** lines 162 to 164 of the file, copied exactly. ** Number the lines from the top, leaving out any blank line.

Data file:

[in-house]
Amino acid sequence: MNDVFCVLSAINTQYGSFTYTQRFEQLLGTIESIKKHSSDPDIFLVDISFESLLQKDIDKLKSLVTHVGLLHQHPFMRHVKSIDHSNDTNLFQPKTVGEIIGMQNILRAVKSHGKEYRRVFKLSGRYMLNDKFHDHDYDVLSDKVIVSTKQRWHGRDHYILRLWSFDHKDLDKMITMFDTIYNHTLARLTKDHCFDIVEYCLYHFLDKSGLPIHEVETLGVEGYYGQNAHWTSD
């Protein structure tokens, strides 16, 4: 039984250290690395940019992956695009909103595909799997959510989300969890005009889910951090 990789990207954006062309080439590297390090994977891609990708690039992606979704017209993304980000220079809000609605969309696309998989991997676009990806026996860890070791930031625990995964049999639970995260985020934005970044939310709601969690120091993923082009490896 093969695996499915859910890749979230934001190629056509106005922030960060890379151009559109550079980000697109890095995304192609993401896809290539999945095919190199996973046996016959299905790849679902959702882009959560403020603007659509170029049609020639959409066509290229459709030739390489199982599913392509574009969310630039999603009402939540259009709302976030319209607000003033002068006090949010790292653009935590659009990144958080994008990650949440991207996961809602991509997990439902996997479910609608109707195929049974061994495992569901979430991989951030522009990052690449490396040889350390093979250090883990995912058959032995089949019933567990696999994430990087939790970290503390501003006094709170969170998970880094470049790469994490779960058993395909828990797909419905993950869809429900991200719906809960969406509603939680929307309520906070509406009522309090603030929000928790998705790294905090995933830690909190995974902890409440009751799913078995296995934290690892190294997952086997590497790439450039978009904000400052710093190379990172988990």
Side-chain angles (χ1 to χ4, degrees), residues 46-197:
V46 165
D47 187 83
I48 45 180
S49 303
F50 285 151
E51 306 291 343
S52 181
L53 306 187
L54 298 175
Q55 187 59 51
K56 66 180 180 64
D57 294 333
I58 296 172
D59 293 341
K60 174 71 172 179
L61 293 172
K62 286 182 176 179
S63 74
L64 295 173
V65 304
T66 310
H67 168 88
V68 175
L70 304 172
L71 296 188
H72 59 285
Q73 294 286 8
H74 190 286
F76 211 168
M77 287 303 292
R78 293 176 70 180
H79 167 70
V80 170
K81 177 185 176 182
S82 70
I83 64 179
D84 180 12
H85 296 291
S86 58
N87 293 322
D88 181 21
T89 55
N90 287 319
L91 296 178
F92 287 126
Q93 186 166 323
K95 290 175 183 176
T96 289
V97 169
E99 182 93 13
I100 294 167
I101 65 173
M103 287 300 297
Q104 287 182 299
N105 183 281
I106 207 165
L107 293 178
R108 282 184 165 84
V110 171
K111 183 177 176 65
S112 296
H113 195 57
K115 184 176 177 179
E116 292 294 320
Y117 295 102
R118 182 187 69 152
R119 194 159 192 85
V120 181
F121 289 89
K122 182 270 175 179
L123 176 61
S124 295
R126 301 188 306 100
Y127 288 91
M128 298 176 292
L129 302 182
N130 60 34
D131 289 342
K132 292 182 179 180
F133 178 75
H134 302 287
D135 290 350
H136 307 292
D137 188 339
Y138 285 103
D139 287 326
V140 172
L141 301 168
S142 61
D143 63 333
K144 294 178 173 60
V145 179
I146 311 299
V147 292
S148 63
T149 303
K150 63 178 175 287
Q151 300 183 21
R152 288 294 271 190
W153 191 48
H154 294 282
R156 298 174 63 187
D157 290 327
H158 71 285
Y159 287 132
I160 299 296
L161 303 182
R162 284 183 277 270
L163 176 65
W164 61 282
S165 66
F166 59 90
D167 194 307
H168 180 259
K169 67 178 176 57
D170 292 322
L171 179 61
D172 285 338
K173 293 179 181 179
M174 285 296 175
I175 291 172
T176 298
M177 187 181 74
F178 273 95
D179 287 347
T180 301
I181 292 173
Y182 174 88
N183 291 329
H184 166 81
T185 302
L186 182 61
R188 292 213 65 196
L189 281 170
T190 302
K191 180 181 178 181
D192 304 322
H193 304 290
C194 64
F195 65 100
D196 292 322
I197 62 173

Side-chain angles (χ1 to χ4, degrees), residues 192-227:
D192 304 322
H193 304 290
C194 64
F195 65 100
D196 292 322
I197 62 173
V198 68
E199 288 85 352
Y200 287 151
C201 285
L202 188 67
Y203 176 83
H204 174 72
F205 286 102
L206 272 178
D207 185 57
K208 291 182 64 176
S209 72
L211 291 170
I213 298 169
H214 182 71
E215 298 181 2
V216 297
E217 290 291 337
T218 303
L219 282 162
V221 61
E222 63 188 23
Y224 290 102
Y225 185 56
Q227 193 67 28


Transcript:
L206 272 178
D207 185 57
K208 291 182 64 176